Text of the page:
New Year’s Eve: A Poet’s Guide To New Year Ritual

This post comes from poet extraordinaire Jacqueline Suskin


I like to start each year off with fire. No matter where I am in the world, in middle of the desert under millions of stars, or on my back porch in LA, on December 31st I always build a fire. I feel it’s important to usher in the New Year with ritual, to sit and stare into the flames as I think about the year past and set intentions for the year to come. While soaking up the warmth, I always finish up a journal I’ve been writing in, close the final chapter with some words of understanding, and put down on paper the visions I have for my future. Sometimes friends join me, sometimes I sit alone for hours enjoying solitude and reflection, but always there is a celebratory fire.

This year I’ve been gearing up for a monumental shift in discipline, and I’m using the mark of the New Year to set it in action. My plan is to be much more dedicated to a daily writing practice. My work with Poem Store has me creating poems on my typewriter constantly, but this is very public and performative work, and I want to focus on writing more books this year. With two published works under my belt, I know how long it takes to craft a volume of verse. So I’ve made some promises to myself. I will set aside hours each day, a good chunk of uninterrupted time, at my writing studio where I can have a private creative practice. This practice in itself will be a daily ritual, a routine that I’m devoted to, somewhat like my yearly custom of a New Year’s Eve fire.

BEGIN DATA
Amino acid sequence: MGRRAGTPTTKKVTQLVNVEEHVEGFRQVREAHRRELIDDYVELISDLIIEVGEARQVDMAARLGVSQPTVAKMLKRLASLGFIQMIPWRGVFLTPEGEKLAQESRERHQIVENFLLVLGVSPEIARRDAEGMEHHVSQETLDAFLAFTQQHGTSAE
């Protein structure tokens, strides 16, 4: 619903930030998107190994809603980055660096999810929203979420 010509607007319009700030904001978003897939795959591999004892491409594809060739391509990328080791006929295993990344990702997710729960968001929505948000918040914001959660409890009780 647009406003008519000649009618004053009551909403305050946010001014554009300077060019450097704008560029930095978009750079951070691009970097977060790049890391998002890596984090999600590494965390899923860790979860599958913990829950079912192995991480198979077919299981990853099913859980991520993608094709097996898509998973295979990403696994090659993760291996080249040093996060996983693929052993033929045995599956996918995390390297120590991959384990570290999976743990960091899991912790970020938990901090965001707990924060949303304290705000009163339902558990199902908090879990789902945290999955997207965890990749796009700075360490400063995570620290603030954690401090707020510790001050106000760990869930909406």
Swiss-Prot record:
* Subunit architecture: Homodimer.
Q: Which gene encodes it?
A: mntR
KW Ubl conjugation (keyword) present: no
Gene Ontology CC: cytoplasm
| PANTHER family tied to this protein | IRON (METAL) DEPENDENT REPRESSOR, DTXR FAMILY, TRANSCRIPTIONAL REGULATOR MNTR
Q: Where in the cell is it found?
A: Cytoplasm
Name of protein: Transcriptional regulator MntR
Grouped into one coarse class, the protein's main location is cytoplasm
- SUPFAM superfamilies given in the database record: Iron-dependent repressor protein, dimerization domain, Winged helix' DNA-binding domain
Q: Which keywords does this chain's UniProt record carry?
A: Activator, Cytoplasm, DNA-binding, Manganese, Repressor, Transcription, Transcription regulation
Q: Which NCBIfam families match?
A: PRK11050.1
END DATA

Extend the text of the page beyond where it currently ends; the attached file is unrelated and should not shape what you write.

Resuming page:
Tradition is what keeps culture rich, it’s what helps us connect to each other’s stories and deepen our self-awareness. I find that when I commit to any type of cyclical practice, be it lighting a candle every morning, making a cup of tea to drink while I watch the sunrise, traveling to Joshua Tree every winter, or doing yoga a few times a week, I feel better about everything. It’s funny that I’m such a spontaneous person full of wanderlust, always ready to hit the road, and still I understand the power of rhythm. This year I aim to heighten that wisdom, dedicate myself to becoming the kind of writer that I know I can be. Beyond my work of creating spontaneous poetry, is the craft of sitting down and showing up each day to the labor of book making that I love. I look forward to this experimental regimen and I cannot wait to see what comes of it.


Photos by Shelby Duncan. Jacqueline is wearing our Hudson Valley Dress.

+ What rituals will you bring to 2016?


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